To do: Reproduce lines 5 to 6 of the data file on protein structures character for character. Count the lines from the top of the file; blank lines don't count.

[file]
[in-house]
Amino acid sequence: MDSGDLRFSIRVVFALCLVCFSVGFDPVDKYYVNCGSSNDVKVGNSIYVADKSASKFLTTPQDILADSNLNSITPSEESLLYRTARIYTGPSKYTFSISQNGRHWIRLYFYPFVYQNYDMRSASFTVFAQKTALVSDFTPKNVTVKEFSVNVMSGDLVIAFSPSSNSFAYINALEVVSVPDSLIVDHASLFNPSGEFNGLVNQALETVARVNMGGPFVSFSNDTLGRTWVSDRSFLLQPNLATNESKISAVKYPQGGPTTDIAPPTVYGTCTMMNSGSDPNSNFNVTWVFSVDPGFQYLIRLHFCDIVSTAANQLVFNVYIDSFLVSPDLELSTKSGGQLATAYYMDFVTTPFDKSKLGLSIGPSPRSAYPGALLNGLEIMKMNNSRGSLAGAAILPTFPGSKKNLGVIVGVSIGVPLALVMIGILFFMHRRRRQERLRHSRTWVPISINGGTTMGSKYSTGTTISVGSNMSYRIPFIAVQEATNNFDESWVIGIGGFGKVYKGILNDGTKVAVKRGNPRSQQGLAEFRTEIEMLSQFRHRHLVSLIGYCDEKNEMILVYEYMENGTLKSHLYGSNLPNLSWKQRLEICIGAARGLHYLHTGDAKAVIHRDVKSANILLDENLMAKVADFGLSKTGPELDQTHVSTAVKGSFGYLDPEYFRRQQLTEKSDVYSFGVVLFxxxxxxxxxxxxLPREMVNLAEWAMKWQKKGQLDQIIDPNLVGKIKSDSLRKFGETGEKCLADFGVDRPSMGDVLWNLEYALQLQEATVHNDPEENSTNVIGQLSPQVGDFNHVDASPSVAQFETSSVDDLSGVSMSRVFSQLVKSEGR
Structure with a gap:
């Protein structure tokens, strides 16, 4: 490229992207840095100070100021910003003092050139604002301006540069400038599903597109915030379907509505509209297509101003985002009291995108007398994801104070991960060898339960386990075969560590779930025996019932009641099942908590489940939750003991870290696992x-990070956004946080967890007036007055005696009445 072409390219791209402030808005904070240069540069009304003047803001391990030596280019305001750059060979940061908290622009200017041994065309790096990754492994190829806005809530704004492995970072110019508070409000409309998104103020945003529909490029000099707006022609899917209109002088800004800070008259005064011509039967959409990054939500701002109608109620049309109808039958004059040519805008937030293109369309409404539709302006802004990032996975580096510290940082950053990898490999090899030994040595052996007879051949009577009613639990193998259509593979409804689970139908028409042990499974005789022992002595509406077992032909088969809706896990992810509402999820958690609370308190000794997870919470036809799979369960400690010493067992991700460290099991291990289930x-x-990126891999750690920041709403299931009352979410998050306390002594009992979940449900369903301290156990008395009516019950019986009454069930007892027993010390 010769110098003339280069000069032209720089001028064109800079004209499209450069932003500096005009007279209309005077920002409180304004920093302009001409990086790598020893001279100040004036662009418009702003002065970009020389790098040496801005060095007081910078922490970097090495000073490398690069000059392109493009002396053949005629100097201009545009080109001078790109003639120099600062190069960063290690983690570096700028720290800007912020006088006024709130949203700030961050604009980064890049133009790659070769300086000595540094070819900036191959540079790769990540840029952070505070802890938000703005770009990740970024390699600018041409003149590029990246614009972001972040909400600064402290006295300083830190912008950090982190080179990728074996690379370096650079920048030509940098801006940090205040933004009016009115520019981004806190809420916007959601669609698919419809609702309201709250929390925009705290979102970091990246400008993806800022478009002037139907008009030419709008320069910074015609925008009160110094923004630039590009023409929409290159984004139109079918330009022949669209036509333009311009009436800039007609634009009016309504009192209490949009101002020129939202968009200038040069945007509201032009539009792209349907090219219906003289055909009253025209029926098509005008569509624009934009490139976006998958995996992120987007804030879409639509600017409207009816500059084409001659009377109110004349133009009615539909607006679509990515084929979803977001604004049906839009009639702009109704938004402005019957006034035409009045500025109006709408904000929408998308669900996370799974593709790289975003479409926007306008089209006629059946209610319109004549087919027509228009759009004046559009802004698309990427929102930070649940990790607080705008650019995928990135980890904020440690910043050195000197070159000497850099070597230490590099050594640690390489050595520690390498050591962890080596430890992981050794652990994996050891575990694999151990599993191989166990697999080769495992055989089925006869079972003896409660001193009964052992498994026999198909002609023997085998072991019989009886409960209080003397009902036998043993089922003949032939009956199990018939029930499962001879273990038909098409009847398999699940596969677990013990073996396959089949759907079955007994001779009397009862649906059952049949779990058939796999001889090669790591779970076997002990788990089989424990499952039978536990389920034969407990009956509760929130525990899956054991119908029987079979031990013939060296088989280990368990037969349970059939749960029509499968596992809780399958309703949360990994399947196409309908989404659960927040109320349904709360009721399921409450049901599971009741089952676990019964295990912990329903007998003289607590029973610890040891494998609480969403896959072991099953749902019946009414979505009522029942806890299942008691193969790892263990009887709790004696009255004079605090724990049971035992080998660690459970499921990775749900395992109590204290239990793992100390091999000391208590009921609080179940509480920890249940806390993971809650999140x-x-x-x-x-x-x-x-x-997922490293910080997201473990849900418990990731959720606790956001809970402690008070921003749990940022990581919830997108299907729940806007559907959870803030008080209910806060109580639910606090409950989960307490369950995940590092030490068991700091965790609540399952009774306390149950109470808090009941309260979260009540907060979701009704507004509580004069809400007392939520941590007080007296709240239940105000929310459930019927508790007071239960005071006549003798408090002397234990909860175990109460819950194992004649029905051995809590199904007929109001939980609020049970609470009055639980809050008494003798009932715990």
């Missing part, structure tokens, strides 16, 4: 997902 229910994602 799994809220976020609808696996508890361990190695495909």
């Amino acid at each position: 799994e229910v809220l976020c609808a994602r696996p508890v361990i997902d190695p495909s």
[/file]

């Missing part, structure tokens, strides 16, 4: 997902 229910994602 799994809220976020609808696996508890361990190695495909």
């Amino acid at each position: 799994e229910v809220l976020c609808a994602r696996p508890v361990i997902d190695p495909s």